By Michael Hurley, CBS Boston
BOSTON (CBS) -- Nobody knew exactly what to make of the fact that Jason McCourty was suited up, dressed, and on the field on Thursday night in the Patriots' fourth and final preseason game.
For the most part, outside of specialists and people at positions with little depth, players with secure roster spots don't play at all in the final preseason games. So it was certainly notable that a veteran player in his 10th NFL season was on the field to start the game on Thursday. He played through the first two defensive series of the night. And after it looked like his night was over, McCourty was re-inserted into the game for a series in the third quarter -- again at safety -- after A.J. Moore suffered an injury.
After the game -- which the Patriots won 17-12 -- head coach Bill Belichick shed some light on what was going on with the veteran player getting so much playing time in the fourth preseason game.
"We try to build depth on our team with all the positions, so guys that play more than one position create value for themselves, create value for the team. So that's what we try to do. They've embraced it. Most everybody on our team has done that," Belichick said. "The more things they can do, the more they can help the team, the more value they can have for the team. They all embrace it and they all work hard at it. It's given us some depth. Whether we'll need it or not, I don't know. But we certainly have in the past. We've played offensive players on the defense, defensive players on the offense. I mean, you just never know. So, second, third week of training camp is usually a good time to try to do that, that's when we usually do it."
As for how McCourty has adapted to the new position in preseason action, Belichick said there's been improvement.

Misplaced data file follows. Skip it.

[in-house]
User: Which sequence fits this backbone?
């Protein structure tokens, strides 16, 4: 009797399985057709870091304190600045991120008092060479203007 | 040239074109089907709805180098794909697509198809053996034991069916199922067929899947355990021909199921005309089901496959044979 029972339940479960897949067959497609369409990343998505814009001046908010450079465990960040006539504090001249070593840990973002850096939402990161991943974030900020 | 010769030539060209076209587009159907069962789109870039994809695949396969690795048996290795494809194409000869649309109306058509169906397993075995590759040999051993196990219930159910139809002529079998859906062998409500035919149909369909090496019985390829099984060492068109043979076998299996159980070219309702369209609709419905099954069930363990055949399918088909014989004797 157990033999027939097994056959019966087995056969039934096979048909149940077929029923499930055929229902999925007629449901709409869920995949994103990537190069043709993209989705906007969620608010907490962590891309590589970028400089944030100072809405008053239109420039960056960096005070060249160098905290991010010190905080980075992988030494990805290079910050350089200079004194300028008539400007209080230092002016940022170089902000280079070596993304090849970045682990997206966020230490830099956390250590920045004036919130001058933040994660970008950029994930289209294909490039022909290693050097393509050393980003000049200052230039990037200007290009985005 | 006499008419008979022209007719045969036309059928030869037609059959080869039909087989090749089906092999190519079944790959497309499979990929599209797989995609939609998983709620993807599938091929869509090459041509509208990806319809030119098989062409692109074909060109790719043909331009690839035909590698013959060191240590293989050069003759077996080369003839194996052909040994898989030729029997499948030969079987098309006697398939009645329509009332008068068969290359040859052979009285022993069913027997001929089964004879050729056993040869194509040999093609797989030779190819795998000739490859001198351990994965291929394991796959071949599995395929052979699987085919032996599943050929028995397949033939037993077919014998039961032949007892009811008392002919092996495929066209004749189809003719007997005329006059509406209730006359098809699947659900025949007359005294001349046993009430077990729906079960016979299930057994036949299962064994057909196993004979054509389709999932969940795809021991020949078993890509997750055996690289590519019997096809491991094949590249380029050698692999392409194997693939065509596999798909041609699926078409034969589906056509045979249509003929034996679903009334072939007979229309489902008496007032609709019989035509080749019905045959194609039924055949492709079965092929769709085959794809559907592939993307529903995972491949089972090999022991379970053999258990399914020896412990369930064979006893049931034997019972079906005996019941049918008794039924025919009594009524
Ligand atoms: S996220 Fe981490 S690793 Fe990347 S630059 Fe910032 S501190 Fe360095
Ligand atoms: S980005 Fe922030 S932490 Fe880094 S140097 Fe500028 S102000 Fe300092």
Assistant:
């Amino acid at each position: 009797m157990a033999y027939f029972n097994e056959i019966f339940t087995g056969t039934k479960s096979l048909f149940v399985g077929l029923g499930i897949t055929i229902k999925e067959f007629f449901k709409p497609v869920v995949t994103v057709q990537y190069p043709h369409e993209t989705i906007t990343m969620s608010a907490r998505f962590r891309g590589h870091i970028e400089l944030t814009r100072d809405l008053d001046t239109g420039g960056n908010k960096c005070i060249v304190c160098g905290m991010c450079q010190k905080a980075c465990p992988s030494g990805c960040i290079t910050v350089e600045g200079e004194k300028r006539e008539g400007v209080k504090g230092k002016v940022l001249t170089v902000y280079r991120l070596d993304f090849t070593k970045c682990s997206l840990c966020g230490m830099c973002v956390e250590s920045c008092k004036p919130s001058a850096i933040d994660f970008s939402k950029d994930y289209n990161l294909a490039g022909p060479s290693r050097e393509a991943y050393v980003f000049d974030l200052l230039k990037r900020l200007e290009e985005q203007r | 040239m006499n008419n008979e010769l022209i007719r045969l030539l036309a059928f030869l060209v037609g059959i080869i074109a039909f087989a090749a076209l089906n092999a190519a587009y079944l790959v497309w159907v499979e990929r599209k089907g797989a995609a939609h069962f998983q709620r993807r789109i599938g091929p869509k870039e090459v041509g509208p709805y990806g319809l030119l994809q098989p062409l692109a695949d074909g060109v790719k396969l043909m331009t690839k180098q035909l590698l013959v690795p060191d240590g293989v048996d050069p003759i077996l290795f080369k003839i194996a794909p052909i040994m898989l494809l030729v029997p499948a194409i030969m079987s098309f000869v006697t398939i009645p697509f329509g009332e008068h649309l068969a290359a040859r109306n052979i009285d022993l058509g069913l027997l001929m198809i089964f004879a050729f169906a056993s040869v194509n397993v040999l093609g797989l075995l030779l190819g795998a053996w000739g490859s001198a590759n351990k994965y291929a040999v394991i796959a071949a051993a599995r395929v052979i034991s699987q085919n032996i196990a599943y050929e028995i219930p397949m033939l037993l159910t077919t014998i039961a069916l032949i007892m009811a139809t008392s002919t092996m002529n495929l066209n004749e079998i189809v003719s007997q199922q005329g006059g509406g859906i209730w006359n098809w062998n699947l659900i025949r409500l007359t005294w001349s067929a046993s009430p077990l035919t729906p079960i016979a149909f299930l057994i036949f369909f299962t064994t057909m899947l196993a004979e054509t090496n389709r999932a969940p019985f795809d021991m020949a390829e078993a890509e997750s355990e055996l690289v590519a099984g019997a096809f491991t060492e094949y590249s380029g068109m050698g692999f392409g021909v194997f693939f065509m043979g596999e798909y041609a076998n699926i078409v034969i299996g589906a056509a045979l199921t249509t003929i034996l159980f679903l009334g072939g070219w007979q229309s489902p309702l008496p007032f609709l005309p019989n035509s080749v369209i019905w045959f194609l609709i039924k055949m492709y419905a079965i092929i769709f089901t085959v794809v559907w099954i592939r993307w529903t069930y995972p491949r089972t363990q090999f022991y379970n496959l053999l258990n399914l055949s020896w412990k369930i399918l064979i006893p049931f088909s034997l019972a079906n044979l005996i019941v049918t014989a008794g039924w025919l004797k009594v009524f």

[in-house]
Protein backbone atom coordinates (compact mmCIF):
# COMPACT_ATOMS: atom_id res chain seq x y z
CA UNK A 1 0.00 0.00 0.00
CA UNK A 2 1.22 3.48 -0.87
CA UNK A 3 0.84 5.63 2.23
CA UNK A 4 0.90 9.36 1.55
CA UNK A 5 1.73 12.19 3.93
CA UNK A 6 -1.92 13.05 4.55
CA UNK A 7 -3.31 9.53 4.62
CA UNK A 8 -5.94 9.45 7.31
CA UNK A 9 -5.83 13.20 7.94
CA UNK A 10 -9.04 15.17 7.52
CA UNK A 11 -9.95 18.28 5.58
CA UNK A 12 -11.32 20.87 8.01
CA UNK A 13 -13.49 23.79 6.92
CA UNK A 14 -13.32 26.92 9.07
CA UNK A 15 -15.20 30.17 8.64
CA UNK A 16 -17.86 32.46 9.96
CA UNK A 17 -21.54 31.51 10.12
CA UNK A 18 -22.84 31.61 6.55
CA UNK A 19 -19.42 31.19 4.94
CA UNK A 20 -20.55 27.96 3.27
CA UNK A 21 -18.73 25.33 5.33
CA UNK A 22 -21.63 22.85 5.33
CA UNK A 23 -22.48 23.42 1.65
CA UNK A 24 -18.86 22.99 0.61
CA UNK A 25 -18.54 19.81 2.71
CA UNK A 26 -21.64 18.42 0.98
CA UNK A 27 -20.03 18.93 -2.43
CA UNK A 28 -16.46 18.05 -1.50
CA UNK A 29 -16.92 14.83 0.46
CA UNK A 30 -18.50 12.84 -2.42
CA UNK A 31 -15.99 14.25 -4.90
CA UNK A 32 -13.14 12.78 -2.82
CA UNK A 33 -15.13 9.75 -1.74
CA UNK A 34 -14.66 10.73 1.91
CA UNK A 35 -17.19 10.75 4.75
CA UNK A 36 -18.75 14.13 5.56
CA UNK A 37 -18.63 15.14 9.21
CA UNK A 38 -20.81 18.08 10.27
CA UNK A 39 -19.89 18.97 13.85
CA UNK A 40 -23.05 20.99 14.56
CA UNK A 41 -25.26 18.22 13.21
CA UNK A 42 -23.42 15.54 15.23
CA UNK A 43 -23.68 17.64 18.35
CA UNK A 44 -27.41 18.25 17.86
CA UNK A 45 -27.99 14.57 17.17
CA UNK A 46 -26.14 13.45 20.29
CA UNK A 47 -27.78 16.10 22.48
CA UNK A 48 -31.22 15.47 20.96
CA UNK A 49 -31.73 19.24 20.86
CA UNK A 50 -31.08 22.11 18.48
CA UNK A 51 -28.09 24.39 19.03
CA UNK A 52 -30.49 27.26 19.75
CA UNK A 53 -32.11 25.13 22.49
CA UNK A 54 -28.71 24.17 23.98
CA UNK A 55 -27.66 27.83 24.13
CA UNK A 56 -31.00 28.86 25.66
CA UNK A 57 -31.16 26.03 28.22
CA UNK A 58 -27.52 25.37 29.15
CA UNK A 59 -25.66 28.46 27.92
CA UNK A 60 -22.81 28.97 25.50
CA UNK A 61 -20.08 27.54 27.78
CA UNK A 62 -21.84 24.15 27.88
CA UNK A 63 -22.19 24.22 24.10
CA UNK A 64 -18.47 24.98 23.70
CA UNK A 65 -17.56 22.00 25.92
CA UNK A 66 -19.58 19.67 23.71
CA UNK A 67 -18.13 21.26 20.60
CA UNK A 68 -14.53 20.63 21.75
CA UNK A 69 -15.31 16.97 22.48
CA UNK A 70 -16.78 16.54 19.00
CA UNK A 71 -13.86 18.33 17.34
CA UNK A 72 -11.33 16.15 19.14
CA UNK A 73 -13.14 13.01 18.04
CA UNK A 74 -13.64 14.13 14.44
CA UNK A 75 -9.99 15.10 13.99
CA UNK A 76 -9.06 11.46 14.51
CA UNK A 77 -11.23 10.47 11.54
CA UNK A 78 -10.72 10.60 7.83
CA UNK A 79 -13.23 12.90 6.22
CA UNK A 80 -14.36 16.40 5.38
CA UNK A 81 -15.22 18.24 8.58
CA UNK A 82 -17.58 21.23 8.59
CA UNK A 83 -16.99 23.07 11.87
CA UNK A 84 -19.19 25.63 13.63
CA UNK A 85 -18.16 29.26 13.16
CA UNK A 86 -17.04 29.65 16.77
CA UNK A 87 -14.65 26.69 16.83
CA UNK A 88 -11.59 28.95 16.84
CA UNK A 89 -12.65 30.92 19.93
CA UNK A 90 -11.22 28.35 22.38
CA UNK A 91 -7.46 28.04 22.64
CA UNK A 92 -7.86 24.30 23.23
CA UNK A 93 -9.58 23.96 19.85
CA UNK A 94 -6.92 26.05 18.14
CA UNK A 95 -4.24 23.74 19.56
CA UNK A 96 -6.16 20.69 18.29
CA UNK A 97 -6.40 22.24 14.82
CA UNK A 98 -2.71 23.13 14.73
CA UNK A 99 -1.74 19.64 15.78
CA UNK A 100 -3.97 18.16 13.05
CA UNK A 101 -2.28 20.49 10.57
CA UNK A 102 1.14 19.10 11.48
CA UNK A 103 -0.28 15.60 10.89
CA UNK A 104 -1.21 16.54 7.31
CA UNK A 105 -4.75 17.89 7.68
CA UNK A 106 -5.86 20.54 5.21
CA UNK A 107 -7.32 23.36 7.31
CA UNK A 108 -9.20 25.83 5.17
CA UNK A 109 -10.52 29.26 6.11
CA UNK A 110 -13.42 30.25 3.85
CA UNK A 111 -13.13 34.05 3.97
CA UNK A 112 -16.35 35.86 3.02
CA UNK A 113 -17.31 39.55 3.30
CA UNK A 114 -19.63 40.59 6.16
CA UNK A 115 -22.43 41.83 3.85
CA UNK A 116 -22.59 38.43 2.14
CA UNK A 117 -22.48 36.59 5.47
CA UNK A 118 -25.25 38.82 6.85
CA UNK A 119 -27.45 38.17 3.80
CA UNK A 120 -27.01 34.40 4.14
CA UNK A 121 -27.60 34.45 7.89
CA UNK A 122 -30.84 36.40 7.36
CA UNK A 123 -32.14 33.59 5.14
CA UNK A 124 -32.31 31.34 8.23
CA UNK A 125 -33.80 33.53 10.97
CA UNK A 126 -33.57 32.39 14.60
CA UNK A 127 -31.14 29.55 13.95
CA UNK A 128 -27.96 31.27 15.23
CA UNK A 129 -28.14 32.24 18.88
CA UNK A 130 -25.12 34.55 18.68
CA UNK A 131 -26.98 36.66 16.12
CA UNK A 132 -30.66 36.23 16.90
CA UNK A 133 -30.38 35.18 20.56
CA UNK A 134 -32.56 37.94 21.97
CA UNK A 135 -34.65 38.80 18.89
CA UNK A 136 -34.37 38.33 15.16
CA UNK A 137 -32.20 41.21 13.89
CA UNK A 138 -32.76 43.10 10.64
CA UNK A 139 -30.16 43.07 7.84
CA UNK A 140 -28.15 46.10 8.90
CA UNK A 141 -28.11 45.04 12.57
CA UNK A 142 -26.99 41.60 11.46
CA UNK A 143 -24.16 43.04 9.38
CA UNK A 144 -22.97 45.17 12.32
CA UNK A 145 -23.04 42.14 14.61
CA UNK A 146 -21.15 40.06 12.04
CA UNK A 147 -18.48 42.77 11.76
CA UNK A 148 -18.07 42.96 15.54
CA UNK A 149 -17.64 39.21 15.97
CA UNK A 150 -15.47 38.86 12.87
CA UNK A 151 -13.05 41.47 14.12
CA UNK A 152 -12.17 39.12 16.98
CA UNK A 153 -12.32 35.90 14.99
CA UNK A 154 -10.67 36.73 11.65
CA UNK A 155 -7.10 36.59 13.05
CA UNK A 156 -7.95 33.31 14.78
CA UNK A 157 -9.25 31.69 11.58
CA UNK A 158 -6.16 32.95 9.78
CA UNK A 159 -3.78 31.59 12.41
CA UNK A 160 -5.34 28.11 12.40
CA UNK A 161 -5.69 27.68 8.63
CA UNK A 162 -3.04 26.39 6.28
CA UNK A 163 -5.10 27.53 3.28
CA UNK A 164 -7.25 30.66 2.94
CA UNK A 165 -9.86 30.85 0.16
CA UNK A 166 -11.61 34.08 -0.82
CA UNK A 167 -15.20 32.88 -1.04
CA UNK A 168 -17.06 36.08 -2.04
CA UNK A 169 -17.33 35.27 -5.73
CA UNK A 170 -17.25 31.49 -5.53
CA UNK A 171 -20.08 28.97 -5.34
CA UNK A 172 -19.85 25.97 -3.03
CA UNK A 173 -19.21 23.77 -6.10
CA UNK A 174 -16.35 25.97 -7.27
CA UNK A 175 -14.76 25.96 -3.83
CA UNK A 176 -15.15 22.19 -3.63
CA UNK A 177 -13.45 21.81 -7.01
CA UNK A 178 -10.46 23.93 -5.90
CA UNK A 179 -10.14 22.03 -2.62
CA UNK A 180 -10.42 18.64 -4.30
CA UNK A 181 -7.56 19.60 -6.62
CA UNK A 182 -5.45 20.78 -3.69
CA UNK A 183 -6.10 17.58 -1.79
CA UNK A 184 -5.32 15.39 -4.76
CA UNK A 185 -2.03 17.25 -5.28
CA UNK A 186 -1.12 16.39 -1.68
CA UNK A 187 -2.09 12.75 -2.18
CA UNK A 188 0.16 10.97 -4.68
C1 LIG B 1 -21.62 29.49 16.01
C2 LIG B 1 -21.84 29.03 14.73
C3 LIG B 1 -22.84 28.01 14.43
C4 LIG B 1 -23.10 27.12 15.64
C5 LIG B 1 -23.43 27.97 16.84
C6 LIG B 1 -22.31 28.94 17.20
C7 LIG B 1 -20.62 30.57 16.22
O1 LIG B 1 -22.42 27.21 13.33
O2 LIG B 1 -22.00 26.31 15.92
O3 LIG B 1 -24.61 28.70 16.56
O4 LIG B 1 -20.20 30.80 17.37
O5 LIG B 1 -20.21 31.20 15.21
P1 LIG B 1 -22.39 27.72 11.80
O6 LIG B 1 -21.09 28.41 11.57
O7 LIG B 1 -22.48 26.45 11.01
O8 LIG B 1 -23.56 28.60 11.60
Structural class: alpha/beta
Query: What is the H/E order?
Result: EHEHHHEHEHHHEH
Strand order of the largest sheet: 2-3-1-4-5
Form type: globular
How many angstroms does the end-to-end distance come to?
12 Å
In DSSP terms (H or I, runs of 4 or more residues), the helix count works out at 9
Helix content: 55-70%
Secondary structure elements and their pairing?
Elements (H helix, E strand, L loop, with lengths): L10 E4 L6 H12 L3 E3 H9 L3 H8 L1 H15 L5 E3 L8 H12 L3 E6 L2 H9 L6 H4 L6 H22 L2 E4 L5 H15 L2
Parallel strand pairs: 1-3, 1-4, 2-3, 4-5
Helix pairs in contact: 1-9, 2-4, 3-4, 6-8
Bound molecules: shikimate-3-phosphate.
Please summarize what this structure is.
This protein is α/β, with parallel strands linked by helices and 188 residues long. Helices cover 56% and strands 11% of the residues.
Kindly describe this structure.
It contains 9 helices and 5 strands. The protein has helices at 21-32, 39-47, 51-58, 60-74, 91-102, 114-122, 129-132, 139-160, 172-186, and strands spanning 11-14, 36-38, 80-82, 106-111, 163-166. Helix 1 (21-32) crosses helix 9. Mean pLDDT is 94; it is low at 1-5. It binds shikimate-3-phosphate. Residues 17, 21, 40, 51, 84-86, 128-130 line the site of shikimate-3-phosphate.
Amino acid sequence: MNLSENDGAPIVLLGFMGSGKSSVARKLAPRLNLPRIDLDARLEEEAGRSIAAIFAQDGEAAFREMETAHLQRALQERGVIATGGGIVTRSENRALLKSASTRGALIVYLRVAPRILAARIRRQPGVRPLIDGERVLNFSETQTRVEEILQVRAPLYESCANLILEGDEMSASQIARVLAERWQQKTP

"I think he made a big jump this week. He did a good job last week, made some good tackles, but I think overall just looked more comfortable this week," Belichick said. "It showed up on the practice field and looked like it tonight, too. So it was encouraging."
McCourty, 31, has played cornerback for his entire NFL career. He was acquired by the Patriots in the offseason, but he didn't see the field much through OTAs. He took the field as a backup cornerback early in the preseason, and he gave up a touchdown while in man coverage in the second preseason game, vs. the Eagles.
In Week 3 of the preseason, McCourty got some playing time at safety. And on Thursday night, he was starting at safety.
This could have meant any number of things for McCourty, who is the twin brother of eight-time Patriots defensive captain Devin McCourty. It could have meant that his roster spot is secure, but the coaching staff wants him to be able to play both corner and safety. It could have meant that his roster spot is very much not secured, and that the coaching staff wanted to give him a chance to show that he could provide value as a safety. It could have meant that he and the Patriots know that he won't be on the roster come Saturday evening, but the team was giving him the veteran courtesy of showing other teams in the league that he can play at safety.
Or it could have meant exactly what Belichick described. The Patriots generally know what Jason McCourty brings as a cornerback, so the past few weeks have been spent building some safety skills via game reps. If either Devin McCourty, Duron Harmon or Patrick Chung misses any time this season, it's a move that could pay dividends.
Whatever it means for sure, we'll all probably get a better understanding by 4 p.m. on Sunday, when final roster cutdowns are due.
For his part, McCourty didn't sound like someone overly concerned about the roster decisions that lie ahead.
"No concern at all. I think I played this game long enough to know that you control what you can control," he said. "Whatever they decide is up to them. But I feel like throughout training camp and preseason, I've done my best. I feel like I've been able to execute, pick up the defense, and do those things. But the ultimate decision of whether I'm here or not is not in my hands."
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